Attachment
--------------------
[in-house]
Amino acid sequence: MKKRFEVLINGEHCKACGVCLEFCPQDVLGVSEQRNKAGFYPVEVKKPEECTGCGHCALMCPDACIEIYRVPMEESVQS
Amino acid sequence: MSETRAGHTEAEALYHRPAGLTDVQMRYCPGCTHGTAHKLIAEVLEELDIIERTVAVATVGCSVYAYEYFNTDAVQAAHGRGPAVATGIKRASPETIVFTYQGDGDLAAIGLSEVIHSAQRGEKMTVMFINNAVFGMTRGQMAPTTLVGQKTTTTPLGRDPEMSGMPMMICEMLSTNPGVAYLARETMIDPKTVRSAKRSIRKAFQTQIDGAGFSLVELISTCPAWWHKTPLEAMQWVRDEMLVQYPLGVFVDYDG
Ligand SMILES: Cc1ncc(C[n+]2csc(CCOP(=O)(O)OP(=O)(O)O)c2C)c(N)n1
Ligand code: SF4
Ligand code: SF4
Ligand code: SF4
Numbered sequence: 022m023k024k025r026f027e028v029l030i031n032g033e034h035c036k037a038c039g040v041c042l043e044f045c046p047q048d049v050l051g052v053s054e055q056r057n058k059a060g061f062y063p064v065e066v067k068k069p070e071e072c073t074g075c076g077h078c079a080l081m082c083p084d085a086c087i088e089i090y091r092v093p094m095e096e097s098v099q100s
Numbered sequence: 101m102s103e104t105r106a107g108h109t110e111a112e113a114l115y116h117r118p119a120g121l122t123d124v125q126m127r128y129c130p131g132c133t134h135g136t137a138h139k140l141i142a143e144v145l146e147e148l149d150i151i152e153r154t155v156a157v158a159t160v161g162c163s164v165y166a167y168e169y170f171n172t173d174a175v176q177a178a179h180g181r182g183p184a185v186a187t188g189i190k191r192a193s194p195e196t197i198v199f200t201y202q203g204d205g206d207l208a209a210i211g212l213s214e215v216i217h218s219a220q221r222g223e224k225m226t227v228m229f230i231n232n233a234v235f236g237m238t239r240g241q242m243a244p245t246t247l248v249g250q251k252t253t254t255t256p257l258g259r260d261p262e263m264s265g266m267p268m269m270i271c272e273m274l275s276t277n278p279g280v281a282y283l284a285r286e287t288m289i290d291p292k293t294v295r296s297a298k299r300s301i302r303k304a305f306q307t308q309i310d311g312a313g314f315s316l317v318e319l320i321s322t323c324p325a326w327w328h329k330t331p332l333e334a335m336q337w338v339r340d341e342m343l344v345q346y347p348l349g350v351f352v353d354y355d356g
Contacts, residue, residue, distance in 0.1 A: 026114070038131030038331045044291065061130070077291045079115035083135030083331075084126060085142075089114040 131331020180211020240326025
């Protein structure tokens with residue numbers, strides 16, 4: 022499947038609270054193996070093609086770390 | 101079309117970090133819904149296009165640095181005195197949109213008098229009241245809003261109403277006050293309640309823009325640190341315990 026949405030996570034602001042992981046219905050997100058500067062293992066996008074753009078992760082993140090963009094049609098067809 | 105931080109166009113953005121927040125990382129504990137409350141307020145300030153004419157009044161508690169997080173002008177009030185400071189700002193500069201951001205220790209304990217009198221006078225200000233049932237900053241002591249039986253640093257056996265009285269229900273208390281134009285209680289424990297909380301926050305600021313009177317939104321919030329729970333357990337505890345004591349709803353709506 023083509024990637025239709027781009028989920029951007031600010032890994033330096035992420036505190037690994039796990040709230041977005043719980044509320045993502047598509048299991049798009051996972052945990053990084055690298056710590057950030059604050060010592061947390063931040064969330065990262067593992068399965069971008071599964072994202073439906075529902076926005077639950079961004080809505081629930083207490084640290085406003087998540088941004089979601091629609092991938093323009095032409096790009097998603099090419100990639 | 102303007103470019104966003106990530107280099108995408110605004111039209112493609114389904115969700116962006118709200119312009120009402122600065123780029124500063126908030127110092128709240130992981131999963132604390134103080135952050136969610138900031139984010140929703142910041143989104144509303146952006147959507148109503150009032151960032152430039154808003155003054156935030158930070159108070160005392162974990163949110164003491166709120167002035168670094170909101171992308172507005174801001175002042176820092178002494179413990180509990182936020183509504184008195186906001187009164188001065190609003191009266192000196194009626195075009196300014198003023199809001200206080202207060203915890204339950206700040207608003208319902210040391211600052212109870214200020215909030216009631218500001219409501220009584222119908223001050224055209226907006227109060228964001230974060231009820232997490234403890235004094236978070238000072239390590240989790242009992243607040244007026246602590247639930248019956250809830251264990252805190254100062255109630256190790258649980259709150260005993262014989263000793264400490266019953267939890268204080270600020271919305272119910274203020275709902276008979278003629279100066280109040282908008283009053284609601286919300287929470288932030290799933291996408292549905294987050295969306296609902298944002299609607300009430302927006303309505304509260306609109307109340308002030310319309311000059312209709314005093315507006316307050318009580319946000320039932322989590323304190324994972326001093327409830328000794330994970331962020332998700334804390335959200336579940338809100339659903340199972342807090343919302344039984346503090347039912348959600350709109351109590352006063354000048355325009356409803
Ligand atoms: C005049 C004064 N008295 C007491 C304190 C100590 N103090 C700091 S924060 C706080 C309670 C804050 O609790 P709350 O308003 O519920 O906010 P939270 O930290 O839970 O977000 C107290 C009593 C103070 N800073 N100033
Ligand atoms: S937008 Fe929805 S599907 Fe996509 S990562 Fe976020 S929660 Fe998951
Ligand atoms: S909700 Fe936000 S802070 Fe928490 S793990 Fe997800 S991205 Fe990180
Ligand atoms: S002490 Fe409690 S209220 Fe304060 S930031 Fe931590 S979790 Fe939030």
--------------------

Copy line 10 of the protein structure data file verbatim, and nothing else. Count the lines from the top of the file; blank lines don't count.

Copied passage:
Contacts, residue, residue, distance in 0.1 A: 026114070038131030038331045044291065061130070077291045079115035083135030083331075084126060085142075089114040 131331020180211020240326025